Why Your Antidepressants Don’t Kick In Immediately

By February 22, 2017All About Science

headache-pain-pills-medication-159211The most commonly prescribed antidepressants are Selective Serotonin Re-uptake Inhibitors (SSRIs). Skeptics argue that because it takes four to six weeks for these antidepressants to kick in, they don’t really work or that if they do, it’s not because the patient has low levels of serotonin in the brain.

Let’s start with a little background. Serotonin has multiple functions in the brain, one of which is keeping us calm and content.  It is a neurotransmitter that works most effectively when it is outside of the brain’s neurons; although it doesn’t do anything good or bad if it is inside the brain’s cells. SSRIs work by blocking the serotonin transporter which results in more serotonin being outside of the neurons where it can do it’s job.

If there is too little serotonin active outside the brain’s cells, we become nervous, unhappy, or unable to feel any pleasure. By blocking the the transporter that inactivates serotonin, SSRIs can restore the brain’s active levels of serotonin returning us to a calm and content state. Skeptics of SSRI efficacy will return to the concept that the delayed effect means they don’t really work.

It is rather interesting that SSRIs don’t work after taking just one pill, especially considering that SSRIs are not the only drugs that block the serotonin transporter. Street drugs like cocaine and ecstasy also reportedly block the serotonin transporter. But it obviously does not take four to six weeks for cocaine and ecstasy to take effect.

Rather than assuming that the medication is not working, let’s consider an analogy. If you were to go to a dietitian to set up a meal plan to help you lose weight. You and your dietitian come up with a good plan that is likely to work. However, your refrigerator and kitchen are stocked with the items you already eat. Rather than wasting the food you’ve already purchased, you consume it and slowly begin restocking your kitchen with healthier items. Because of this transition time, your weight remains stable but about a month after you’ve begun, you start to lose weight. This is the time when the old foods in your kitchen have been replaced with healthier options.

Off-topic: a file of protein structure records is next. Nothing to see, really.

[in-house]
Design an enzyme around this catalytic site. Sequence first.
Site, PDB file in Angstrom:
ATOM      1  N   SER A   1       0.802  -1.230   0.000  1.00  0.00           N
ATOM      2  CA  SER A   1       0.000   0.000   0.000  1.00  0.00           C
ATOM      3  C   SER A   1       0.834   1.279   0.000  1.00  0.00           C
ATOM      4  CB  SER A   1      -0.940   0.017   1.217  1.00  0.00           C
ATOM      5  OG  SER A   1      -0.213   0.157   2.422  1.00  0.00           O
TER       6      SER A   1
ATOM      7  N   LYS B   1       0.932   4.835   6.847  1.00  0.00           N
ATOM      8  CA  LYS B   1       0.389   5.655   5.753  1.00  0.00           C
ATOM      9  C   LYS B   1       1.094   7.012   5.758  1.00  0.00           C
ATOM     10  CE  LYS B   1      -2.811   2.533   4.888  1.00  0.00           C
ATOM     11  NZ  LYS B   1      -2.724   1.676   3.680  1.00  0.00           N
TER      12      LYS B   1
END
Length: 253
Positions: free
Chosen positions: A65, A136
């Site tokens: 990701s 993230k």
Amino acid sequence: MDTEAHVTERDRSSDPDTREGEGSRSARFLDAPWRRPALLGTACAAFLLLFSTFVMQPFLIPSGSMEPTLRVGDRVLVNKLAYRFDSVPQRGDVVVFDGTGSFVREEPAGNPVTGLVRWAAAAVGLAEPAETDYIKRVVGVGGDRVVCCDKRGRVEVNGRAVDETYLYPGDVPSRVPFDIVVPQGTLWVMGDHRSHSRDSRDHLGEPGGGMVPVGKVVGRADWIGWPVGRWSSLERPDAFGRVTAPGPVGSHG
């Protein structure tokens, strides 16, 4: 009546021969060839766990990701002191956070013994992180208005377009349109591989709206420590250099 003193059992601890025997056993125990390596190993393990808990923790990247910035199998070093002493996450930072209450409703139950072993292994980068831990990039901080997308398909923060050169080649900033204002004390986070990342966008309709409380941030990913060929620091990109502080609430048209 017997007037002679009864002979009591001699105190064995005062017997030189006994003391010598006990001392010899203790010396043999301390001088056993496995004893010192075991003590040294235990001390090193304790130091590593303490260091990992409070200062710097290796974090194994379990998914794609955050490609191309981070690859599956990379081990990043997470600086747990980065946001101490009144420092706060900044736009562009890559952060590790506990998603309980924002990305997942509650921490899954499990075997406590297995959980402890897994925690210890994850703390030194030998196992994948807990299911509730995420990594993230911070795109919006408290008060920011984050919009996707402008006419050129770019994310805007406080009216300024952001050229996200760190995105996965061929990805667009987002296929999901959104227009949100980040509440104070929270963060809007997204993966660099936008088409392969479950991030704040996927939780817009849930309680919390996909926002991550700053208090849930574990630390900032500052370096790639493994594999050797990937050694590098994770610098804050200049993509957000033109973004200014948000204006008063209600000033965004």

More recent research suggests an analogous explanation of why SSRIs don’t kick in right away. The reason suggested is that SSRIs don’t target the serotonin transmitter directly. Although some SSRIs (like Lexapro) bind directly to the transporter, the direct binding is not the underlying mechanism of action. Instead antidepressants target our DNA, in particular the genes that code for the serotonin transporter. They make these genes less active causing there to be less transporter molecules available in the brain. This, the new research argues, explains the delayed action of antidepressants. As our brains already have plenty of transporter molecules when we begin taking antidepressants, it takes awhile for the suppression of genes coding for the transporter take effect in the brain.

When we start taking the medication, our brain is like the refrigerator, full of old food choices. It takes a few weeks to get through the old food and begin replacing it with healthier alternatives that can ultimately stabilize us and make use function normally.

eMindLog™ is a tool that you and your provider can utilize to monitor and track the effectiveness of medication. It can also be used to create a baseline for starting treatment. To learn more and see how it works, create your free account.


This article was originally posted on The Superhuman Mind by Berit Brogaard D.M.Sci., Ph.D.